Fernando Alonso, McLaren, Albert Park, 2018

Alonso claims Red Bull tried to sign him twice for 2019

RaceFans Round-up

Posted on

| Written by

In the round-up: Fernando Alonso claims Red Bull made two offers for him to join them for the 2019 F1 season, despite team principal Christian Horner previously stating that bringing Alonso into the team wouldn’t be the “healthiest” move.

What they say

Alonso later confirmed the team he referred to in this answer was Red Bull:

From one of these top three teams… I had the offer a couple of times already this year. It was not the case for me to join that adventure.

At the moment Formula 1 is not giving me probably the challenges that I’m looking for at the moment. Outside Formula 1 I’m discovering different series in motorsport that give you different challenges and make you a more complete driver and it’s what I will try to find in 2019.

Quotes: Dieter Rencken

Advert | Become a RaceFans supporter and go ad-free

Social media

Notable posts from Twitter, Instagram and more:

Advert | Become a RaceFans supporter and go ad-free

Comment of the day

Force India has been saved but it’s come at a price:

Glad that a way forward has been found, even if it is an awful compromise and an even worse name.

Worst news in my opinion is the loss of Bob Fernley. That’s a massive blow; he’s been a stalwart figure in the team and in my opinion one of the best in the business.

Happy birthday!

Happy birthday to Andrew White, Hlahalasas, Lord Stig and Mcl88Asap!

If you want a birthday shout-out tell us when yours is via the contact form or adding to the list here.

On this day in F1

  • 15 years ago today Fernando Alonso scored his first F1 victory at the Hungaroring

Author information

Keith Collantine
Lifelong motor sport fan Keith set up RaceFans in 2005 - when it was originally called F1 Fanatic. Having previously worked as a motoring...

Got a potential story, tip or enquiry? Find out more about RaceFans and contact us here.

51 comments on “Alonso claims Red Bull tried to sign him twice for 2019”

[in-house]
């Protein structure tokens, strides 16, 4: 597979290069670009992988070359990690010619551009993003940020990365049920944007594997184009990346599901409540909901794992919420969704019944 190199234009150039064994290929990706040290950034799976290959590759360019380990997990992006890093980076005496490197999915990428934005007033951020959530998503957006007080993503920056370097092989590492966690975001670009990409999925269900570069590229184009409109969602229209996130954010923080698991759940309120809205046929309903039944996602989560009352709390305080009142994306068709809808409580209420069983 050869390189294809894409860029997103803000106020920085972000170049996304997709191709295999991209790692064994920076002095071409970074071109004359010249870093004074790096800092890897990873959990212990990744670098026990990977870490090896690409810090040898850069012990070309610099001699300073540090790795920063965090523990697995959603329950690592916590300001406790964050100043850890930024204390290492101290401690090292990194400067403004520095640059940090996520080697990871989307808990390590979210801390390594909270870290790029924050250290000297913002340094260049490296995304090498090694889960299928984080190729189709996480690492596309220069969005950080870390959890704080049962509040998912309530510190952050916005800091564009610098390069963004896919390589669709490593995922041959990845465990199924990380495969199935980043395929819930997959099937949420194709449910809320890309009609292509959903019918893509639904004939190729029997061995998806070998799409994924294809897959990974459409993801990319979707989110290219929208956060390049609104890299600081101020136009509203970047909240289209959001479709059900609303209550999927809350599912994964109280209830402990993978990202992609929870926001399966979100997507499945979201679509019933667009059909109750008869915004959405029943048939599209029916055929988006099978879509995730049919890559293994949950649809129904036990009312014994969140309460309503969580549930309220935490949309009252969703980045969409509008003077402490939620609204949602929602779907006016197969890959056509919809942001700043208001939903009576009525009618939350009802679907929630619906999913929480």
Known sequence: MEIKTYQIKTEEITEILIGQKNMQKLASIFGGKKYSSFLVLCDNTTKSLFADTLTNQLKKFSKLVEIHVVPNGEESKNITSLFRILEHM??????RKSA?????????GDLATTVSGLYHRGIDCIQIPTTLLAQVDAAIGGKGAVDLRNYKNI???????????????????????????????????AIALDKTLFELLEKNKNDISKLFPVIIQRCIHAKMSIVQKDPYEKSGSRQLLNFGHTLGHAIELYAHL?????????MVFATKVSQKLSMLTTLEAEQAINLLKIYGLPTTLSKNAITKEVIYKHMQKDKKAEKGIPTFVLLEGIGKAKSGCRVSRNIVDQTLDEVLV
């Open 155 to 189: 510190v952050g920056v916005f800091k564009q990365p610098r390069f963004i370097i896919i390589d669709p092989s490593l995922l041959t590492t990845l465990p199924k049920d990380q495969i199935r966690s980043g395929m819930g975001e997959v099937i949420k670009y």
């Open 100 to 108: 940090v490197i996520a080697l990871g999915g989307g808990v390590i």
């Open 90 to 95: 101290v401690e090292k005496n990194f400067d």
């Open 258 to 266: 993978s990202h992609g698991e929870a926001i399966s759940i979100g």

1. I wonder if they would have required him to start at the bottom; STR.

    1. Yeah, with Ricciardo’s departure apparently being totally unexpected, and Verstappen already locked in, what were they planning on doing with him?

      1. Of course Ricciardo leaving the team was not unexpected; only the ‘to Renault’ bit.

      2. Maybe with Alonso, a Renault ( and Flavio as consultant) another WDC possible?

  2. Odd story.

    Well in general, facts don’t matter these days. So everybody is entitled to have his/her own reality / fantasy / lies

    1. ‘Truth isn’t truth’

    2. Difficult to understand Alonso’s reasoning, presuming he’s a source of perpetual truth of course. If, as he claimed last week, he would have stayed in Formula 1 had McLaren built a top-team-bothering car, why not take the chance to go to a top-team-bothering car? Twice? It’s not as though team loyalty has ever been a factor.

      1. @david-br
        He left Ferrari because he was tired of coming second at best, and because he had lost his faith in their promises to achieve a breakthrough.
        Red Bull haven’t had a shot at the title in almost 5 years now, and now they’re switching to Honda. Even Ricciardo has lost his faith in them.
        So, from Alonso’s point of view, where it doesn’t really matter if he finishes 15th or 3rd, as long as he has no realistic chance of fighting for the championship, I can definitely understand why he would consider Red Bull a waste of time.

        1. I can definitely understand why he would consider Red Bull a waste of time.

          Waste of time, really? Red Bull have won races this year, if you recall. If Honda get the engine right – free of McLaren’s OCD micro-management – then they’ll be a match for Ferrari and McLaren. I doubt he’d seriously turn Red Bull down unless they were unwilling to meet his ‘first driver’ demands, which presumably would be the case. More likely that any contract discussions stopped right there.

          1. @david-br

            Waste of time, really?

            Well, yes. That sentence doesn’t stand on its own, I typed it as a part of a longer reply for a reason.

            Red Bull have won races this year, if you recall.

            fyi, I do not live under a rock. I’ve seen these races, all races so far, to be precise, so I know that these good results don’t change the fact that Red Bull aren’t any closer to winning a title than Ferrari were in 2013 or even 2014. Alonso jumped the ship after those seasons, which is why I mentioned his Ferrari time to put things into context. He simply isn’t interested in driving around another year without fighting for the title, listening to the same old story of ‘Oh, but next year’, a.k.a. wasting his time.